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Brady, not Manning, is era's best QB

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Jason Whitlock

Jason Whitlock writes about the sports world from every angle, including those other writers can't imagine or muster courage to address. His columns are humorous, thought-provoking, agenda-free, honest and unpredictable. E-mail him, follow his Twitter or become a fan of Jason Whitlock on Facebook.

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For those of us who have long been skeptical of the national media’s premature and unjustified anointment of Peyton Manning as the greatest quarterback of all time, our day is here.

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Sunday, Manning continued to show his age (34), tossing four interceptions, including two pick-6s, in the Colts’ 38-35 loss to the Cowboys. At 6-6, there’s a good chance Indy won’t make the playoffs. Manning is having his worst season in nine years (24 TDs, 15 INTs).

His apologists blame his poor play on injuries to Dallas Clark and Joseph Addai, a leaky offensive line and the lack of a consistent running game.

To his credit, Peyton Manning blames Peyton Manning.

“I threw four interceptions to guys who were covered, and the ball shouldn’t have been thrown,” Manning told Indy reporters after the game. “I’ve either got to throw it away or throw it to somebody else. That’s basic football. The quarterback’s job is to protect the ball, and I’m not following through on that.”

If the media didn’t overhype Manning, he might be one of my all-time favorite players. He’s a stand-up guy and a marvelous player. He’s just not the best QB of all time. He’s not the best QB of this era.

Tom Brady is.

Monday night, when the Jets and Patriots square off in a blockbuster matchup, Brady has a chance to take control of the MVP race and demonstrate the intangible that makes him a better quarterback than Manning.

Brady is fearless. Two years after the knee injury I thought would undermine his pocket toughness, Brady is back to being Brady, a courageous, unflappable pocket passer.

He’s thrown 23 touchdown passes and just four interceptions. He’s leading the league in passer rating. A victory Monday night, and the Patriots will tie the Falcons for the league’s best record (10-2).

When it comes to evaluating Brady, it’s always about more than statistics. There are no stats for courage and leadership. They’re like obscenity. You know them when you see them. Look at the smooth way Brady and Bill Belichick ushered locker-room cancer Randy Moss out of New England. That’s leadership.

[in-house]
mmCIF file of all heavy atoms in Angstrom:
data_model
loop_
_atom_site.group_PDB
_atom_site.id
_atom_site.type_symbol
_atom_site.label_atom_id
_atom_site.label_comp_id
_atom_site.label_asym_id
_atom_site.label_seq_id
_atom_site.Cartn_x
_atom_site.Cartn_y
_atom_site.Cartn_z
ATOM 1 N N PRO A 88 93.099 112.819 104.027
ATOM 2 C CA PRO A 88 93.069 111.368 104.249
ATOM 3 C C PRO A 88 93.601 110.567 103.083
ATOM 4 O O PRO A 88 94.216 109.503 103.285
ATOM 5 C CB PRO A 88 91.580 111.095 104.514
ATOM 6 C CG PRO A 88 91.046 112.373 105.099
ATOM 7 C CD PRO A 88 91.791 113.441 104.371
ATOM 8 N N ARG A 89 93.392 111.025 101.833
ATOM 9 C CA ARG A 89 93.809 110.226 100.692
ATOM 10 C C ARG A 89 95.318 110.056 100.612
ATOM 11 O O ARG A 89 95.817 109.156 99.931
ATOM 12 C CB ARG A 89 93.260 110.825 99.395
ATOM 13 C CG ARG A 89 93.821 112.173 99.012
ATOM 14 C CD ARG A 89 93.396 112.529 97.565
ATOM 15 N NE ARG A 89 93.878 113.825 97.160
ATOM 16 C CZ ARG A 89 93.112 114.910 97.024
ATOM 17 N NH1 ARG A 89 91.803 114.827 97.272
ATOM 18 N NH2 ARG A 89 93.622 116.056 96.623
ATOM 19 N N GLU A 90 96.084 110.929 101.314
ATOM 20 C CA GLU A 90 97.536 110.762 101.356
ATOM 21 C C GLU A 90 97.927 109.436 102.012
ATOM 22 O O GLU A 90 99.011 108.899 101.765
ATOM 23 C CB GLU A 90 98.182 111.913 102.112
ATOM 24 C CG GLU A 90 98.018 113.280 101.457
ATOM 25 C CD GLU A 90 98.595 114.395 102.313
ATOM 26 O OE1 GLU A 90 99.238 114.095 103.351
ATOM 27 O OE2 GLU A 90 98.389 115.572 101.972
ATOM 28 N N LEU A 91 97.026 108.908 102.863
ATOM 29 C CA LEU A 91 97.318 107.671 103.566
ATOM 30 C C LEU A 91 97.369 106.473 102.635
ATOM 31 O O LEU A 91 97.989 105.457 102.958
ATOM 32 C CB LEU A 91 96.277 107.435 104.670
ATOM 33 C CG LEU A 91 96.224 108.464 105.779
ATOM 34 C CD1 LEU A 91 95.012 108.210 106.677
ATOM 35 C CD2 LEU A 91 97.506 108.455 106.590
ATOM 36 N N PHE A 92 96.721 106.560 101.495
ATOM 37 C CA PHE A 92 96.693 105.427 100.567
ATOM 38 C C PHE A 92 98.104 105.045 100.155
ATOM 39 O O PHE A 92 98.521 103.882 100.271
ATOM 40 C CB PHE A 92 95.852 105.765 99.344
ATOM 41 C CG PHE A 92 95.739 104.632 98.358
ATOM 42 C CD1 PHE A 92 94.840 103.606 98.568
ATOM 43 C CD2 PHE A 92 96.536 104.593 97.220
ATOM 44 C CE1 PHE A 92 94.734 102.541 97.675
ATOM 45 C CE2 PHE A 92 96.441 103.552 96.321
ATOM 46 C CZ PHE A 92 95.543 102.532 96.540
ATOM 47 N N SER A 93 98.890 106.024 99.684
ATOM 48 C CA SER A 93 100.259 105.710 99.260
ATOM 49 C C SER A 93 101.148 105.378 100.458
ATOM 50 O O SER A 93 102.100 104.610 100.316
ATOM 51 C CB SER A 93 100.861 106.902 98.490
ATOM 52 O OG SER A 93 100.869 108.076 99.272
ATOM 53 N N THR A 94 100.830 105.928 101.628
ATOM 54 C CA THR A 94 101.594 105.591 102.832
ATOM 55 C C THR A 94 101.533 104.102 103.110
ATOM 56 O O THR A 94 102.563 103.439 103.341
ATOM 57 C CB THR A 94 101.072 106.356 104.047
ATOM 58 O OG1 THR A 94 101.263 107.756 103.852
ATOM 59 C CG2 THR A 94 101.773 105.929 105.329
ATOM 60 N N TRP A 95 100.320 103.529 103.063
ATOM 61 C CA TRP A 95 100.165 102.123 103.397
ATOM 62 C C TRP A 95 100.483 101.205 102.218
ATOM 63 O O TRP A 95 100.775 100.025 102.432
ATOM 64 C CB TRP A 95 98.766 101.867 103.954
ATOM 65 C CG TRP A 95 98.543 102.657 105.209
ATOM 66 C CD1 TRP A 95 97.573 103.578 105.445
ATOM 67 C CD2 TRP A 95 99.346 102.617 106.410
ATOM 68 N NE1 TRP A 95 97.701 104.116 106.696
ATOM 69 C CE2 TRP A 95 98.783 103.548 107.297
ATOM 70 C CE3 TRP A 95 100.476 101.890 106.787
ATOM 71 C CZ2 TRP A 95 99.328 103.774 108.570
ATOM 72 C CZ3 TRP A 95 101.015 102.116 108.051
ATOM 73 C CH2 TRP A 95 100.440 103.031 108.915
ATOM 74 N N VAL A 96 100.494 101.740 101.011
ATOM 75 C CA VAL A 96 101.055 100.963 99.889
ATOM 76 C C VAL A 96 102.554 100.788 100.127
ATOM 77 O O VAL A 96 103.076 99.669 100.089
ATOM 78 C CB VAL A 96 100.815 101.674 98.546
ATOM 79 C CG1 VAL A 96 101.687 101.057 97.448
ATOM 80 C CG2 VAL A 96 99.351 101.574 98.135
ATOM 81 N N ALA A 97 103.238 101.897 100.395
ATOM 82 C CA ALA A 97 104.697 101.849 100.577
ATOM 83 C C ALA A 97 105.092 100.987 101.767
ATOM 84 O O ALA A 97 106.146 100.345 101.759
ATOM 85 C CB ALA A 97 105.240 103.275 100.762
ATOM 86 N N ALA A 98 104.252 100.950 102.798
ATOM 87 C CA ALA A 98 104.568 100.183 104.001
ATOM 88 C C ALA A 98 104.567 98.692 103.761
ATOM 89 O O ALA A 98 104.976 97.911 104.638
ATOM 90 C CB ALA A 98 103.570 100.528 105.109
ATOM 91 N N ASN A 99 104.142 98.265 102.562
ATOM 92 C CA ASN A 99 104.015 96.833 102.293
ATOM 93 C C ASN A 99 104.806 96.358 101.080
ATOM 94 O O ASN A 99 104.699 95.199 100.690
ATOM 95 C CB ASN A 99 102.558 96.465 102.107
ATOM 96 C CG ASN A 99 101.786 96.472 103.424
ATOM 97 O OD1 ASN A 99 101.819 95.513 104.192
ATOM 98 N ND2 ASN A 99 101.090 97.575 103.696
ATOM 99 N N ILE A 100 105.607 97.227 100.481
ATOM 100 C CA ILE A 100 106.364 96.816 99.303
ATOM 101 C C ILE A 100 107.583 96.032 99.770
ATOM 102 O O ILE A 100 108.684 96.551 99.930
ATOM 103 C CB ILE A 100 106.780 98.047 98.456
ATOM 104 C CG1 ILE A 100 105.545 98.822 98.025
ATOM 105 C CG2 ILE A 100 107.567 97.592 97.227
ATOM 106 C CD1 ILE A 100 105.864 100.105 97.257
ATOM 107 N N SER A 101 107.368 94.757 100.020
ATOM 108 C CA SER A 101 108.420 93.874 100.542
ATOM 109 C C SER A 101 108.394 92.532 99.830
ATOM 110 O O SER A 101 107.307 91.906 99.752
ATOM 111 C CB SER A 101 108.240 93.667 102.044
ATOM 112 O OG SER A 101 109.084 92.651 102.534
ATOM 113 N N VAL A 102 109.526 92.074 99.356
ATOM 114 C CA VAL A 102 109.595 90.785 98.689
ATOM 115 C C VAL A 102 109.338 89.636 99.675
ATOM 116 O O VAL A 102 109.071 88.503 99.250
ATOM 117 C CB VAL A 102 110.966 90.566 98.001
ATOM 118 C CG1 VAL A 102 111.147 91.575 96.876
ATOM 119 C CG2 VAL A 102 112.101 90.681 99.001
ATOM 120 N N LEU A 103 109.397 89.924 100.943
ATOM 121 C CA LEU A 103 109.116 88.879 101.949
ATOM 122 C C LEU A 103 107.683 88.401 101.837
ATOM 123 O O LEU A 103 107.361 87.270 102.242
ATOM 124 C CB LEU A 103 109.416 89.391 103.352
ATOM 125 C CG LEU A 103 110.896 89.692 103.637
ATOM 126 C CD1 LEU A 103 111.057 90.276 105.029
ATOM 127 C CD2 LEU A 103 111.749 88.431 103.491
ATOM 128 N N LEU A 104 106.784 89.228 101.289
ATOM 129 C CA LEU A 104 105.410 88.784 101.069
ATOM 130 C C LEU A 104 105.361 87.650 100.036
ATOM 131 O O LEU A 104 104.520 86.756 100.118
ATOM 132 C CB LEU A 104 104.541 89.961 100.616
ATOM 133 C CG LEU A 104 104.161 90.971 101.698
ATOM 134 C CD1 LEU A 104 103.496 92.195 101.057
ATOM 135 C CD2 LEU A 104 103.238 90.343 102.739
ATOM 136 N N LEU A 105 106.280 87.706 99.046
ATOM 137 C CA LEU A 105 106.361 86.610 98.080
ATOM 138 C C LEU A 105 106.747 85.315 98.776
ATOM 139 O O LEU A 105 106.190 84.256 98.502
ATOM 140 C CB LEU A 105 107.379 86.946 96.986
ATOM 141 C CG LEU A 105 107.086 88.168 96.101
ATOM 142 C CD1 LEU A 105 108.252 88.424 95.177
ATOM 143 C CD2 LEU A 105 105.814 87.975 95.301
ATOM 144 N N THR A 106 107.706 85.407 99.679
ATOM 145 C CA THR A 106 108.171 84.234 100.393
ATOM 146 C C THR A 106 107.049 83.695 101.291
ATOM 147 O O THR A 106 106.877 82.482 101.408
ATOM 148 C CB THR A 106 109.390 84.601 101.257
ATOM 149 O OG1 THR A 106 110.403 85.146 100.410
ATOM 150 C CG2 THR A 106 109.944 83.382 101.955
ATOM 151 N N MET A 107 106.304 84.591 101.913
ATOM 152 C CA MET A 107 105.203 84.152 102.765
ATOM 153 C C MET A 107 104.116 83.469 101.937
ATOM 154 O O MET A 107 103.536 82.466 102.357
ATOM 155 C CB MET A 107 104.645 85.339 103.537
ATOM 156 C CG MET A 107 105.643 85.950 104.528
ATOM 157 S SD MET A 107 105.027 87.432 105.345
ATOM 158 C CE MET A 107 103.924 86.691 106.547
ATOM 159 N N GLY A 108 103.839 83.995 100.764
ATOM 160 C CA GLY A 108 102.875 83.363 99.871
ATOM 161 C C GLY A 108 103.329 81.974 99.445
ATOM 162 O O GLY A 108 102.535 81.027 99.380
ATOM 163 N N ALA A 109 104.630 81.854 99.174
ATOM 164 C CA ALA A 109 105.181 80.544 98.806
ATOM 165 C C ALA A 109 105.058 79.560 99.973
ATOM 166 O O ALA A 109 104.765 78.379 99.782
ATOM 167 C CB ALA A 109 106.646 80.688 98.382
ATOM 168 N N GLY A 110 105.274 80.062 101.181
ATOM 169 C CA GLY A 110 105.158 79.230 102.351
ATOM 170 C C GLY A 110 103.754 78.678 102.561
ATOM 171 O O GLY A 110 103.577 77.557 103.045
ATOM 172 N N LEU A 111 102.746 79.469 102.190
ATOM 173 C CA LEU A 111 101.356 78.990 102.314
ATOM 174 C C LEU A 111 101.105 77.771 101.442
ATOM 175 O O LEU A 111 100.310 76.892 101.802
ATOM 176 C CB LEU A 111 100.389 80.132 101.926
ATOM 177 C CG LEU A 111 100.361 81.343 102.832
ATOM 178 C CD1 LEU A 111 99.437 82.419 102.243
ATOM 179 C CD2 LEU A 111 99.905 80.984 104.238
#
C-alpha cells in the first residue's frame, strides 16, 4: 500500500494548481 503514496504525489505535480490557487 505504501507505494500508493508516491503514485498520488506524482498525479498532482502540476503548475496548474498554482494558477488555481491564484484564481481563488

Standing in the pocket and taking a hit rather than nervously throwing into coverage is leadership, too. Manning has always thrown more interceptions (and a higher percentage of INTs) than Brady because Manning has always gone to greater lengths to avoid contact.

Playoff teams are adept at hitting the opposing quarterback. That explains the dramatic difference between Brady’s and Manning’s playoff records and performances (Brady three Super Bowls and Manning one). Three-four, exotic zone-blitz defenses get inside Manning’s head. They make him think and panic.

Let me repeat: I do not dislike Peyton Manning. He’s one of the 10 best QBs of all time. What bothers me is people think he’s better than Tom Brady. It’s just not true.

In five years, Big Ben Roethlisberger might move ahead of Manning on my list. Regardless of what Roger Goodell does to NFL rules, football is always going to be a game defined by toughness. Did you watch Big Ben Sunday night?

The Ravens broke his nose in the first quarter and Big Ben never blinked. He never thought about coming out of the game. And down the stretch, against the meanest defense in football, Big Ben fought off Terrell Suggs and avoided a sack on one play and threw the game-winning TD pass two plays later.

There is no stat for playing with a broken nose. There is no stat for fighting off Suggs and throwing the ball away. If the league kept those stats, we know Roethlisberger and Brady would rank higher on the chart than Manning.

Maybe after Monday night, if Brady survives Rex Ryan’s punishing defense and the Patriots win, I’ll win some more converts. Maybe a second MVP award for Brady will help him close the Manning gap.

 

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And, yes, as of right now, Brady deserves the MVP award more than Michael Vick.

I said “as of right now.”

Vick is an incredible story. His 467 rushing yards and six rushing TDs add a dimension to his candidacy that Brady can’t match. But Vick hasn’t played enough and the Eagles are 8-4. I’m open to changing my mind over the last month of the season.

Right now it’s Brady, followed by Vick and Pittsburgh safety Troy Polamalu.

In terms of best QB of this era, it’s Brady, followed by Manning and Roethlisberger. I’m not open to changing my mind about that.

Tagged: Colts, Patriots, Eagles, Ravens, Steelers, Michael Vick, Peyton Manning, Tom Brady

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